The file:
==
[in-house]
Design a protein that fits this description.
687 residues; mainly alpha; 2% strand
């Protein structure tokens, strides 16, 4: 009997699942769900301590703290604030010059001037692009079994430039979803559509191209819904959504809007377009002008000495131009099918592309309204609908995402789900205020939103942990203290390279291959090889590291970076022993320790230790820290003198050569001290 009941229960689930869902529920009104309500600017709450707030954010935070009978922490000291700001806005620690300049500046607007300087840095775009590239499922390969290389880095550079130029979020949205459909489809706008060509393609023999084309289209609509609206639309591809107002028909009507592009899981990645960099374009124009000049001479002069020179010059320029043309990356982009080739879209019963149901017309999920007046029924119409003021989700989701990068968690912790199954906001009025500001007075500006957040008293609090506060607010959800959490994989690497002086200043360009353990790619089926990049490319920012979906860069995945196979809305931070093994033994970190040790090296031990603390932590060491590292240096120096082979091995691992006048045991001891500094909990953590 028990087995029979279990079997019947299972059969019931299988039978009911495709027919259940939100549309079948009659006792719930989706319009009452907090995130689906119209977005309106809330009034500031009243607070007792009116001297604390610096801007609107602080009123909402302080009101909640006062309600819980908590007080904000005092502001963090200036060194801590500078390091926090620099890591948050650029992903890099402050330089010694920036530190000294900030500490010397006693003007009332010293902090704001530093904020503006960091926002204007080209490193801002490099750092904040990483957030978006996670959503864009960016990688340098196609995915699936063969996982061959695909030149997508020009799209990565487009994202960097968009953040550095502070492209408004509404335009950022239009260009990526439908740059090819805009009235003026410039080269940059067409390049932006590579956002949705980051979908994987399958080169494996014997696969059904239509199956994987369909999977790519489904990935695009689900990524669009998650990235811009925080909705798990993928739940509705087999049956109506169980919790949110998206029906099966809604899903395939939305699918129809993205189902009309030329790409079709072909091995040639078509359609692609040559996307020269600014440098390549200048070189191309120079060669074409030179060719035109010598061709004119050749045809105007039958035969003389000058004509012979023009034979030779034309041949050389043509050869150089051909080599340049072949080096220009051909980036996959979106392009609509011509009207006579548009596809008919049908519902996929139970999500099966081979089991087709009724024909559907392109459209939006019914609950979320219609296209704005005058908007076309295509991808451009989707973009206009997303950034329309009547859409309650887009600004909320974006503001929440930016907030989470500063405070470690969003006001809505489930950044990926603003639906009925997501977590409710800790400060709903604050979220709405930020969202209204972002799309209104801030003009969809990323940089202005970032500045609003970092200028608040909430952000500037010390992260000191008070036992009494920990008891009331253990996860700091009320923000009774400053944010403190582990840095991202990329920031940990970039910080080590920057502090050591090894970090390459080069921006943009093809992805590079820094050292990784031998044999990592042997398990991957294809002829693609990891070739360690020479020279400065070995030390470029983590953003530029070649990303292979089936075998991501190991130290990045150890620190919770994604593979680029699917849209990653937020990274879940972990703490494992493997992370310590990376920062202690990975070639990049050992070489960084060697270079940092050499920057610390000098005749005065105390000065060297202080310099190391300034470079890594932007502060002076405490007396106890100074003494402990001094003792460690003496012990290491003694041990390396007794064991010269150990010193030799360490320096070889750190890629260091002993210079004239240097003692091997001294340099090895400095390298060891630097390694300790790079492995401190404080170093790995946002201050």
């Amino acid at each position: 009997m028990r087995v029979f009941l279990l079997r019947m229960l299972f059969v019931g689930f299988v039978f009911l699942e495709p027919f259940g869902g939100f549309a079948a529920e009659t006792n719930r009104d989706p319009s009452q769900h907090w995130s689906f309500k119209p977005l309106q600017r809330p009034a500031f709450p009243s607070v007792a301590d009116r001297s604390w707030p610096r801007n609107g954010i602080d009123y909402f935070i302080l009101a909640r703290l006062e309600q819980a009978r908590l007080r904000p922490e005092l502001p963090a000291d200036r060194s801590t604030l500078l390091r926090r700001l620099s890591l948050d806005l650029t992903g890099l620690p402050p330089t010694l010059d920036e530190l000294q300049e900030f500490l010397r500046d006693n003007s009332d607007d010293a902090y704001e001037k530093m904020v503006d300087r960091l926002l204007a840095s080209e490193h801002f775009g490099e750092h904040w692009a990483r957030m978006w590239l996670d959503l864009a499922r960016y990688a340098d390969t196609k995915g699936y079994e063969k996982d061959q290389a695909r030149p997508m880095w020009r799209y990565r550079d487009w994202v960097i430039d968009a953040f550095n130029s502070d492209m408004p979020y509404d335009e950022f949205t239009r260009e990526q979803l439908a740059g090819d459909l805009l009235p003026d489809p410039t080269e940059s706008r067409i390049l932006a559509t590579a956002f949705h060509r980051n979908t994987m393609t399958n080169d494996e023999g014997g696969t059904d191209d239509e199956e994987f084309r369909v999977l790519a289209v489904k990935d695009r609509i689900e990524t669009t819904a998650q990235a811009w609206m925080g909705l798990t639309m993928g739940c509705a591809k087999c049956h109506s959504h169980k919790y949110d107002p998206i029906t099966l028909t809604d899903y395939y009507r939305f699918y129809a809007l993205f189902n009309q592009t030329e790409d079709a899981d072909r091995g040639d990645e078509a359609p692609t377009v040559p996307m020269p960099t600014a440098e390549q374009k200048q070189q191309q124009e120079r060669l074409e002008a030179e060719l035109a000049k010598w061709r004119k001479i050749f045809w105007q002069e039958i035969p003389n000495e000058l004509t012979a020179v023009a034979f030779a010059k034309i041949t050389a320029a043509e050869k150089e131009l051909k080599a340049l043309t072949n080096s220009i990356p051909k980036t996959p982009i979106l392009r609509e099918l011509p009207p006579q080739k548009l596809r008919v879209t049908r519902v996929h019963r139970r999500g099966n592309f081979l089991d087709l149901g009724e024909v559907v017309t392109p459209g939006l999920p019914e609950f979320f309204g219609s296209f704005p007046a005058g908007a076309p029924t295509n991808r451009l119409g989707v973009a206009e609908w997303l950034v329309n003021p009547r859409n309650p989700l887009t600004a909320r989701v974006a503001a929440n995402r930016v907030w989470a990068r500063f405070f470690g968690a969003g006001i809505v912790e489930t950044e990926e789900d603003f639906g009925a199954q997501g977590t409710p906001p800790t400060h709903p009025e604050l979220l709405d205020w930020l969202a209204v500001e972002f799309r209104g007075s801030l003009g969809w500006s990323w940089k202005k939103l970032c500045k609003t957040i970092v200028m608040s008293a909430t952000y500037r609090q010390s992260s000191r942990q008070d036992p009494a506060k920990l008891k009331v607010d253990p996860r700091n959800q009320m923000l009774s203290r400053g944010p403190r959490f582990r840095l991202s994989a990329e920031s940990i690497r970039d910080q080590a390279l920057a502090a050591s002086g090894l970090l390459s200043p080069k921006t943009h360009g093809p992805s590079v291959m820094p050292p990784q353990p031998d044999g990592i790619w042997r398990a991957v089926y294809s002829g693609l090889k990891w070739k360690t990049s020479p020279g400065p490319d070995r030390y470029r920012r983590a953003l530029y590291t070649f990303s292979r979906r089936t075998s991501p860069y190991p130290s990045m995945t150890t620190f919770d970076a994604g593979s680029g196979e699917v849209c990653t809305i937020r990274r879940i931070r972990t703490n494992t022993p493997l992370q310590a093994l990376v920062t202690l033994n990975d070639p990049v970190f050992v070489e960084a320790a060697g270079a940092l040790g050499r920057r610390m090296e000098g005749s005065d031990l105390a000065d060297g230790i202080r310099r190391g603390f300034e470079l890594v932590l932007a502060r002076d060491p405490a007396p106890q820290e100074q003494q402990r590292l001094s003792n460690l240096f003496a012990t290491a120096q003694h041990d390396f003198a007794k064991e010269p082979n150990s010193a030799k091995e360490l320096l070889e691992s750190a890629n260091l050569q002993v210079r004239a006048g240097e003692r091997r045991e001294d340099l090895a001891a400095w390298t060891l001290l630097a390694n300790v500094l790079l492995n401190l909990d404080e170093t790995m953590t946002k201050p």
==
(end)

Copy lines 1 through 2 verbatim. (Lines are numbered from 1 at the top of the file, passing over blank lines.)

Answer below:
[in-house]
Design a protein that fits this description.